SSCC 50 - Windows 7 SP1, OddJob Trojan, HIPAA fines and erasing SSDs

Filed Under: Data loss, Malware, Podcast, Privacy

Sophos Security Chet Chat logoMy longtime friend and colleague Tony Ross returned for this week's Sophos Security Chet Chat. Tony took some time out from assisting with research on advanced fee fraud scams to share his thoughts on this week's security news.

We began with a story about whether installing Windows 7/Windows 2008 R2 service pack 1 is truly urgent. Then we talked about reports this week of a new banking Trojan called OddJob that bypasses the need to steal your credentials and how it works.

We also talked about the first fines levied under the 1996 HIPAA patient protection law in the US, and why it's so darned difficult to erase the latest SSDs. To wrap up we talked about our recent wins at the SC Magazine awards at RSA and the award we won for most educational blog at the Security Bloggers Awards.

(28 February 2011, duration 12:43 minutes, size 10.2MBytes)

You can also download this podcast directly in MP3 format: Sophos Security Chet Chat 50.

All of our past podcasts are available from and on iTunes.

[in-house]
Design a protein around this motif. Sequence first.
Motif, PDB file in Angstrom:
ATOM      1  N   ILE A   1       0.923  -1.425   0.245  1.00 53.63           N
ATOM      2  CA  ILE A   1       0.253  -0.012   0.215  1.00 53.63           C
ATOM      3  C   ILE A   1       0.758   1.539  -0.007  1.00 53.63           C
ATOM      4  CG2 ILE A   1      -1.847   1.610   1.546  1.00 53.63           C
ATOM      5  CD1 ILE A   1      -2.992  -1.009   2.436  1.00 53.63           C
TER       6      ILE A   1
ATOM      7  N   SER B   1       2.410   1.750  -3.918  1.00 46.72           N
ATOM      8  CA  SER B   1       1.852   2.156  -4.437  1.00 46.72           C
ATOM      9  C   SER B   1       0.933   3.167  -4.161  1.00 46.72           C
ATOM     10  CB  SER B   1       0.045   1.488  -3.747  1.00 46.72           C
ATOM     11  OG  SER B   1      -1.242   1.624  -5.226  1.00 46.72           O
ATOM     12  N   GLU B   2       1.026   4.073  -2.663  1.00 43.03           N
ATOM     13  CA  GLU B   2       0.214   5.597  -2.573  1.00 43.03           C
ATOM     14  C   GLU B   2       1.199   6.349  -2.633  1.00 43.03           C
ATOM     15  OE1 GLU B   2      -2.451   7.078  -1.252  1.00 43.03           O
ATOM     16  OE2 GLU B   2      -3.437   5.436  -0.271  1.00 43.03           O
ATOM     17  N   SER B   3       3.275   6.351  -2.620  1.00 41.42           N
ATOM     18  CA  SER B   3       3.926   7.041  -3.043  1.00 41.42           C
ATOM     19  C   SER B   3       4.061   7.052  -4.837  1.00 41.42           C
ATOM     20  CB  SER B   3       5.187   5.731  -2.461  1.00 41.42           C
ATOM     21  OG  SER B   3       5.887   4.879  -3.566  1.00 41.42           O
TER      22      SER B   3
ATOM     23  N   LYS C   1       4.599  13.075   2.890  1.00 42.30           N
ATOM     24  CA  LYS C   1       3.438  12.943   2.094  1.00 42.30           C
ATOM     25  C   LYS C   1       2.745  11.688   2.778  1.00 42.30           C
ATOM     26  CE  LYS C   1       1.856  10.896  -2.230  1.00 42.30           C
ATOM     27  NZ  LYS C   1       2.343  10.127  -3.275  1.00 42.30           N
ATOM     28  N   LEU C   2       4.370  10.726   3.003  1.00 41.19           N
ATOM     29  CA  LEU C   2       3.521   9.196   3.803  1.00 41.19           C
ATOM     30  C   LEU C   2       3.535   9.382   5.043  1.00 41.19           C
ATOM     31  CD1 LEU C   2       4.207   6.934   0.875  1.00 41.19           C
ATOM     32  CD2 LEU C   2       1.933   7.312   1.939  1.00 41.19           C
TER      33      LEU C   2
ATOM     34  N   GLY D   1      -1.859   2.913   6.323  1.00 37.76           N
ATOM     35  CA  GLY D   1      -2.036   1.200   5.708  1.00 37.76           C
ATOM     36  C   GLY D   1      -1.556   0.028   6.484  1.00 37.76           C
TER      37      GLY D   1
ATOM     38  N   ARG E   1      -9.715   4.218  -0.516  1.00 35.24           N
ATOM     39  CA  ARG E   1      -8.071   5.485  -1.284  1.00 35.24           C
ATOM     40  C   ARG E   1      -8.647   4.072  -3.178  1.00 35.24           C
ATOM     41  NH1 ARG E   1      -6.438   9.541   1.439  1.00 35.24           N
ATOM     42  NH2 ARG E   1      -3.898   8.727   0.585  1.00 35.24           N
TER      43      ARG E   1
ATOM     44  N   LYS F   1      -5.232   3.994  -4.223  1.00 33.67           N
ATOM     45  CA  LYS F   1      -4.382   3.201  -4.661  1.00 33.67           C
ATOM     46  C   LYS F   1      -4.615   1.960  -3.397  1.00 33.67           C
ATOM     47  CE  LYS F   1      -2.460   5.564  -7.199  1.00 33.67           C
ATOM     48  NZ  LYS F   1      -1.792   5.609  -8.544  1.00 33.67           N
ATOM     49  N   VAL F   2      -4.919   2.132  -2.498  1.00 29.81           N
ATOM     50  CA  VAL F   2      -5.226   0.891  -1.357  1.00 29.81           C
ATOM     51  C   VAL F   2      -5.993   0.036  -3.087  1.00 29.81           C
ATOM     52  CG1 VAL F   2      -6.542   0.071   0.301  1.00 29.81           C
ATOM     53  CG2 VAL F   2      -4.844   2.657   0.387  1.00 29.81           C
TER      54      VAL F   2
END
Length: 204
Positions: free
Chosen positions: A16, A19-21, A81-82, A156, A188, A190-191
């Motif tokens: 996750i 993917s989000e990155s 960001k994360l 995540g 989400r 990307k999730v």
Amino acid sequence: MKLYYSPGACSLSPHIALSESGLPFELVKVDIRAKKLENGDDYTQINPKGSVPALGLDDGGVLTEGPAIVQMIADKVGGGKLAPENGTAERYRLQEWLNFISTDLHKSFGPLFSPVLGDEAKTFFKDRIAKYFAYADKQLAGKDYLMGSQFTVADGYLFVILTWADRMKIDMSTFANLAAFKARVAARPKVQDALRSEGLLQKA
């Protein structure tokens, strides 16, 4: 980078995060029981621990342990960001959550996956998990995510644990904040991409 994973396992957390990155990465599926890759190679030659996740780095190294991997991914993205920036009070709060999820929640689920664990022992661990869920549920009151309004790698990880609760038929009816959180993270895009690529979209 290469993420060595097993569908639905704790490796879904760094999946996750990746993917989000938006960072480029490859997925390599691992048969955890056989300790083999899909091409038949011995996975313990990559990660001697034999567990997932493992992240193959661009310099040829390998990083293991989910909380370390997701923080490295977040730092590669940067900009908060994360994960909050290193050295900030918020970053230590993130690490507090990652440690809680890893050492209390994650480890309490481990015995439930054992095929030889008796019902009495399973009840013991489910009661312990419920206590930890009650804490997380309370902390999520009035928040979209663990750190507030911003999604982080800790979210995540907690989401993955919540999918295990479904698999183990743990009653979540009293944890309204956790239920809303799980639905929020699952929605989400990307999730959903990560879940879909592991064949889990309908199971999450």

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One Response to SSCC 50 - Windows 7 SP1, OddJob Trojan, HIPAA fines and erasing SSDs

  1. Farid · 1680 days ago

    The threat of OddJob Trojan can rather easily be mitigated by banking or similar websites simply by "remembering" client's IP address at the start of a session and blocking all other IPs which attempt to use the same session Id. All customer needs to do is to avoid using untrusted/public networks and, of course, avoid using proxies/public VPN services when doing their online banking to ensure they don't share an IP address with untrusted people.

    Configuring firewall to block suspicious IP addresses is not practical for regular (non-corporate) people because most personal firewall products around don't offer that capability. But even with those that do allow users to block individual IP addresses (such as Comodo firewall), it's very difficult and time consuming to keep monitoring your connections, research every IP address that you don't recognize, and blacklist or whitelist it (believe me, I tried). It becomes even more impractical considering that it doesn't take long for a Trojan to send out your session Id and close the connection.

    Associating Session Ids with IP addresses have another important benefit: Banking websites can log IP addresses that try to use someone else's Session Id for further investigation and possibly tip off law enforcement agencies in a timely manner.

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About the author

Chester Wisniewski is a Senior Security Advisor at Sophos Canada. He provides advice and insight into the latest threats for security and IT professionals with the goal of providing clear guidance on complex topics. You can follow Chester on Twitter as @chetwisniewski, on as Chester, Chester Wisniewski on Google Plus or send him an email at